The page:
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Poorly funding city schools is racist act

We have been watching the country, and the world, respond to the increased awareness of systemic racism in our criminal justice system, and we have seen the disproportional devastation of the coronavirus to minorities.

Watching the Norwich City Council and the Board of Education recently discuss drastically cutting the budget for the Norwich Public Schools brings to light another form of systemic racism; the inequities created when local communities are required to fund their own educational programs.

As an educator, my colleagues and I are painfully aware that Norwich Public School’s existing budget did not even cover basic operational costs for the district. Chronic underfunding of a school district with the needs that Norwich has reflects systemic racism even more profound than those in the criminal justice system.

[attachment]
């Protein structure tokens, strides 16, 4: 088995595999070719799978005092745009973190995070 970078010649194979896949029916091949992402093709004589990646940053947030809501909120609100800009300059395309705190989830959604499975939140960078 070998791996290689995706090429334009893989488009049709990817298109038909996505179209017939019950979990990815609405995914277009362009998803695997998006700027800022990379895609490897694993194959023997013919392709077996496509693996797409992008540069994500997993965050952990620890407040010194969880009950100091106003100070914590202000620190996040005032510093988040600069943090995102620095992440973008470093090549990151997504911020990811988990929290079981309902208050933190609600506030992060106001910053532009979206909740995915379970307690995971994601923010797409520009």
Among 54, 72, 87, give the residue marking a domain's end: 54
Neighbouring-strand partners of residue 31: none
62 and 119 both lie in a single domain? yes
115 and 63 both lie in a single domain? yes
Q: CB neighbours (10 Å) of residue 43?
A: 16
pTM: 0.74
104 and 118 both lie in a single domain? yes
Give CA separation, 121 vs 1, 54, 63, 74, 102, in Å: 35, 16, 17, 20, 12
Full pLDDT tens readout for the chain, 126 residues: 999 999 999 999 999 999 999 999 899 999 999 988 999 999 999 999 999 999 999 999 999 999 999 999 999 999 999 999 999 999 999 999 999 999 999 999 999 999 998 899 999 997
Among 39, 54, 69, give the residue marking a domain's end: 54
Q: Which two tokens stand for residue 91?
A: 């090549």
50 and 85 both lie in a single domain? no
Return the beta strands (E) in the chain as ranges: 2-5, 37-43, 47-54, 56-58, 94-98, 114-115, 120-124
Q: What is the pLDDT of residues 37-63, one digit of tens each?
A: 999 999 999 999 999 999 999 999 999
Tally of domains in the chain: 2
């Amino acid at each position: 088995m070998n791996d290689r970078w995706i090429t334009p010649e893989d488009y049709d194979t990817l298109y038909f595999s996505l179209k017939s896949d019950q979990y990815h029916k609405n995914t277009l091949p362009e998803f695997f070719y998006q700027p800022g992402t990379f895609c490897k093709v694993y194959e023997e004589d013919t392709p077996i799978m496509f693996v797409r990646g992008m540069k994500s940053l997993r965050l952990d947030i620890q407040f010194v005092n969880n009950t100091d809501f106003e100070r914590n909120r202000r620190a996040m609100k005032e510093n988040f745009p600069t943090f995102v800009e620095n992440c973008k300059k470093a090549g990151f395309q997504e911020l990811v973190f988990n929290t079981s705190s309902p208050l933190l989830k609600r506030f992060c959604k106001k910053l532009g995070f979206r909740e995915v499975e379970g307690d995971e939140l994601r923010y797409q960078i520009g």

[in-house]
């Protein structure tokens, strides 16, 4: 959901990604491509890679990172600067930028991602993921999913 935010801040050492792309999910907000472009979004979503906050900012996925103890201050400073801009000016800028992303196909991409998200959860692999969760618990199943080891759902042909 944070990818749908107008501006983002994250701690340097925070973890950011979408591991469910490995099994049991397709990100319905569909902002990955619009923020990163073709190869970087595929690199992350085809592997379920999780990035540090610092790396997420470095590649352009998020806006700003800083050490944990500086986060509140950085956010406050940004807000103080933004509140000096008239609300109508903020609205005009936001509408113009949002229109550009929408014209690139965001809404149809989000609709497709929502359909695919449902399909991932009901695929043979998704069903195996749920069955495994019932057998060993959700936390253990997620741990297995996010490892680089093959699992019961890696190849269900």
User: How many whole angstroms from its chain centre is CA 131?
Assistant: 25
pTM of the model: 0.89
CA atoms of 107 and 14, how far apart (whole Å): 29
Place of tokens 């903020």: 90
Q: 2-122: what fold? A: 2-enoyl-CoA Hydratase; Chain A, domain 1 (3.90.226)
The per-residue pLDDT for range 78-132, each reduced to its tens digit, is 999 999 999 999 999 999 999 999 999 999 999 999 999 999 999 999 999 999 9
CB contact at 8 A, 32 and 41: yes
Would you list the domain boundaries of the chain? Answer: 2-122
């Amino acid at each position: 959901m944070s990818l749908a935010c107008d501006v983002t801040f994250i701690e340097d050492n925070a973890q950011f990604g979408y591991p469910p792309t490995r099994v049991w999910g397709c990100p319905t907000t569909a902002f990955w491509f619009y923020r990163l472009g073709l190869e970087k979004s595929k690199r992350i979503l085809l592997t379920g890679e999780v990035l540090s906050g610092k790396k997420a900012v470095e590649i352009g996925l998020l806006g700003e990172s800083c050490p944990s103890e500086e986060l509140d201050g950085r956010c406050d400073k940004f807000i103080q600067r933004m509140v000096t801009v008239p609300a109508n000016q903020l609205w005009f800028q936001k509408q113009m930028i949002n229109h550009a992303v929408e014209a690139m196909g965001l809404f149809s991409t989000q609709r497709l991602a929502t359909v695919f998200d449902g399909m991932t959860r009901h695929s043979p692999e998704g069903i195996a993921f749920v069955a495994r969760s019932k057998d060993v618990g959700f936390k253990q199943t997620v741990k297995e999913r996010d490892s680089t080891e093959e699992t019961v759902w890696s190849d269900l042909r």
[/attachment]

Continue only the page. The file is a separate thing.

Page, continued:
The public school system, which is supposed to provide opportunities for students to improve their lives and compete in today’s economy, does the exact opposite. By relying on funding from local communities, we are creating profound inequities within the American public school system as wealthier communities fund strong education programs and lower income communities cannot compete.

Anneliese Parsell




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